Abstractc-FLIP (cellular FADD-like-interleukin-ip-converting enzyme (FLICE) inhibitory protein) is a major anti-apoptotic protein that prevents apoptosis mediated by the death receptors TNF-R1, Fas, DR4 (TRAIL-R1) and DR5 (TRAIL-R2). c-FLIP binds to the death inducing signalling complex (DISC) via its tandem death effector domains (DEDs) and the DED of Fas-associated death domain-containing protein (FADD), thereby inhibiting processing of procaspases 8 and 10 at the DISC. Overexpression of c-FLIP results in the evasion of apoptosis, a key hallmark of cancer and a major factor in drug resistance.
Previous research in our group demonstrated that c-FLIP is critical regulator of cell death, regulating apoptosis induced not only by death ligands, but also by a range of chemotherapeutic agents in a variety of disease models. Importantly, normal cells do not appear to rely on c-FLIP for survival to the same extent as cancer cells. c-FLIP is overexpressed in colorectal cancer, and high c-FLIP expression has been demonstrated to be an independent adverse prognostic marker in stage ll/lll colorectal cancer. Collectively, these and a number of other preclinical studies have indicated that c-FLIP is an important determinant of cancer cell survival and drug resistance and that inhibition of c-FLIP constitutes a promising therapeutic strategyfor the treatment of cancer.
We conducted a yeast-2-hybrid screen to identify novel binding partners of c-FLIP. The DNA repair protein Ku70 was identified in this screen, and the aim of this study was to characterise the interaction between c-FLIP and Ku70, with a particular focus on how Ku70 regulates c-FLIP expression. It was found that Ku70 interacts with both long and short forms of c-FLIP. The region of Ku70 that interacts with c-FLIP was identified as amino acids 430-496. This region is also important in mediating Ku70 DNA repair functions by facilitating the heterodimerisation with Ku86 to form the Ku complex. Furthermore, the nuclear localisation signal (NLS) that is involved in the retention of Ku70 in the nucleus is also located in this region. It was also demonstrated that the second DED (DED2) of c-FLIP is important in mediating its interaction with Ku70, and more specifically arginine 122 of c-FLIP was found to be involved. However, this arginine residue did not affect the interaction between c-FLIP and FADD and procaspase 8, indicating that c-FLIP uses distinct but overlapping regions to interact with FADD/procaspase 8 and Ku70 respectively.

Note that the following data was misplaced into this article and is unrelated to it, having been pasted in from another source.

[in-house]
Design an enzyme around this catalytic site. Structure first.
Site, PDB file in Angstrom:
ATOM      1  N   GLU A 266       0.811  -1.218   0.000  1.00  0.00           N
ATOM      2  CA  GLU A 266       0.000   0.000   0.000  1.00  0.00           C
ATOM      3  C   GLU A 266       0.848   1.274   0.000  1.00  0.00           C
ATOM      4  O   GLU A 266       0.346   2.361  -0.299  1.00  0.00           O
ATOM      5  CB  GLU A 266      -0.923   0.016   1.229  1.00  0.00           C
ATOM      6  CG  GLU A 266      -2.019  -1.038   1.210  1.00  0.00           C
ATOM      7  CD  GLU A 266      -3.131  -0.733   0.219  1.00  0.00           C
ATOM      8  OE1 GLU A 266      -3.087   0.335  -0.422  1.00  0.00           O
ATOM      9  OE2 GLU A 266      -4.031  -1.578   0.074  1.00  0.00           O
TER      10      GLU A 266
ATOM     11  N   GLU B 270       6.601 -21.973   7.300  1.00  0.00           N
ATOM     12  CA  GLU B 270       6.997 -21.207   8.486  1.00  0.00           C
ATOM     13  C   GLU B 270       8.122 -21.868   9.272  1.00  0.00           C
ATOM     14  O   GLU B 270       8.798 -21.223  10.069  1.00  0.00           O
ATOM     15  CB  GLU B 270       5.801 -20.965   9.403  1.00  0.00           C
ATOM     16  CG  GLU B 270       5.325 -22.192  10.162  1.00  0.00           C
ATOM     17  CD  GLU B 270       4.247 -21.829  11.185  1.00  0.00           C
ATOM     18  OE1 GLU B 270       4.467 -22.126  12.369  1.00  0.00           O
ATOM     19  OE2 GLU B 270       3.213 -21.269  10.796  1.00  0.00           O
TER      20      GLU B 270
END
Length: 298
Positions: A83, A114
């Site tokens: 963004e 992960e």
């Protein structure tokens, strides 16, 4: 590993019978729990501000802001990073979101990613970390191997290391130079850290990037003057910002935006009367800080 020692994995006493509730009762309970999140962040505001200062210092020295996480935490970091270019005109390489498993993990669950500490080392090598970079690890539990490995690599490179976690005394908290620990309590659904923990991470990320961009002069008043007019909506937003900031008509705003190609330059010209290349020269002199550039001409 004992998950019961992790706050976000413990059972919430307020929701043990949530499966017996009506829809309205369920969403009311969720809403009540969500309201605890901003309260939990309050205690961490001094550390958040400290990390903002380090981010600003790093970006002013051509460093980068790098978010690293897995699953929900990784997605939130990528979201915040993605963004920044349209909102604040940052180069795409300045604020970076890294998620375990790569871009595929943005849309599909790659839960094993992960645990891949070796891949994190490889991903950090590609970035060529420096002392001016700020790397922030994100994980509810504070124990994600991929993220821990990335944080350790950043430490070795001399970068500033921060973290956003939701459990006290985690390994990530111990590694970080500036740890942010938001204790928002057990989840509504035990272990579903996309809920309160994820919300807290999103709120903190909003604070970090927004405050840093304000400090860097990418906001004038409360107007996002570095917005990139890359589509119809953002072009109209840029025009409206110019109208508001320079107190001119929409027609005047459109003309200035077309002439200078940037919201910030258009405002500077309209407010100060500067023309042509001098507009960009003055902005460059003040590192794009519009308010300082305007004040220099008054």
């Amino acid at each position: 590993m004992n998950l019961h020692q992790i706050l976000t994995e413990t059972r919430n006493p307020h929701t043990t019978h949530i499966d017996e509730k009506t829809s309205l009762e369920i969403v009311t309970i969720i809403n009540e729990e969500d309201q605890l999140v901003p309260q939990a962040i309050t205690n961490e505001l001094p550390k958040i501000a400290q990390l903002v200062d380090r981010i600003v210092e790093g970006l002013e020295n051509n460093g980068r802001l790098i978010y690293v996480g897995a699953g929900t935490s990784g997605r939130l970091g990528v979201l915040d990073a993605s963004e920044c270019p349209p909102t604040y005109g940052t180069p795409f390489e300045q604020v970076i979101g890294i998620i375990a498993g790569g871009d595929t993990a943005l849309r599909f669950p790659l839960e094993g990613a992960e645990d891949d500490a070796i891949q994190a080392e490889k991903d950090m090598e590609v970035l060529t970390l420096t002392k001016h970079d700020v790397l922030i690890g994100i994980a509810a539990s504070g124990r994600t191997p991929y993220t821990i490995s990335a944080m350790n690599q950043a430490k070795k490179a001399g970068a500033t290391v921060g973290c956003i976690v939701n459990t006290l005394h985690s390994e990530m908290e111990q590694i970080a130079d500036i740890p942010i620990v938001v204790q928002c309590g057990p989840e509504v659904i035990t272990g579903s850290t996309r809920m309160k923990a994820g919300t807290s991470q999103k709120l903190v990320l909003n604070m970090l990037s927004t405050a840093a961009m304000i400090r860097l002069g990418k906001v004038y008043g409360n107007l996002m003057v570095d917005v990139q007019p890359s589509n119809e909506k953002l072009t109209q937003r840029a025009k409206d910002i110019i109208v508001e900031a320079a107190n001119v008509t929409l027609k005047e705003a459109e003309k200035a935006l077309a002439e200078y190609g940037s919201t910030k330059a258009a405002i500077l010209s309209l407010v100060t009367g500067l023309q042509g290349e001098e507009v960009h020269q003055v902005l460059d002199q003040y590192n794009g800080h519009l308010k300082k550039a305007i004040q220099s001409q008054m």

Using siRNAs targeted against Ku70, it was demonstrated that when Ku70 is silenced, c-FLIP expression is decreased in a panel of colorectal cancer cells. Further investigation determined that siRNA-mediated Ku70 silencing results in decreased protein stability, increased ubiquitination of c-FLIP and increased protein turnover. In addition, silencing Ku70 induces caspase 8-dependent apoptotic cell death that requires down-regulation of c-FLIP. These results demonstrate that Ku70 plays a role in regulating c-FLIP expression by inhibiting its ubiquitination.
Ku70 is a target for acetylation, and this acetylation is increased following treatment with HDAC inhibitors. The interaction between c-FLIP and Ku70 was demonstrated to be highly dependent on acetylation of Ku70, with acetylation of lysines K539 and K542 of Ku70 important in regulating the c-FLIP-Ku70 interaction. Furthermore, it was demonstrated that the pan-FIDAC inhibitor SAFIA could increase the acetylation of Ku70, dissociate the c-FLIP-Ku70 interaction and cause the degradation of c-FLIP through the ubiquitin-proteasome system. Moreover, degradation of c-FLIP by SAHA induced caspase 8-dependent apoptosis that was also dependent on the expression of death receptors, particularly DR5. In addition, it was found that SAHA significantly down-regulated c-FLIP expression and retarded the growth of colorectal xenografts. Also, the overexpression of c-FLIP attenuated the in vivo growth retardation caused by SAHA treatment. Through the use of the more selective HDAC inhibitors, Droxinostat (HDAC3, 6 and 8) and Tubacin (HDAC6), it was determined that HDAC6 is a key HDAC in regulating the acetylation of Ku70 and the expression of c-FLIP in colorectal cancer cells.
In summary, this study identified an interaction between the anti-apoptotic protein c- FLIP and the DMA repair protein Ku70 that is regulated by HDAC6-dependent acetylation of Ku70 and which regulates the expression of c-FLIP. In addition, due to the importance of c-FLIP down-regulation during the apoptotic response to SAHA and the frequency of c-FLIP overexpression in a variety of cancer subtypes, it is possible that c-FLIP, caspase 8 and Ku70 may be biomarkers of response to HDACinhibitor treatment.
|Date of Award||Jul 2012|
|Supervisor||Daniel Longley (Supervisor)|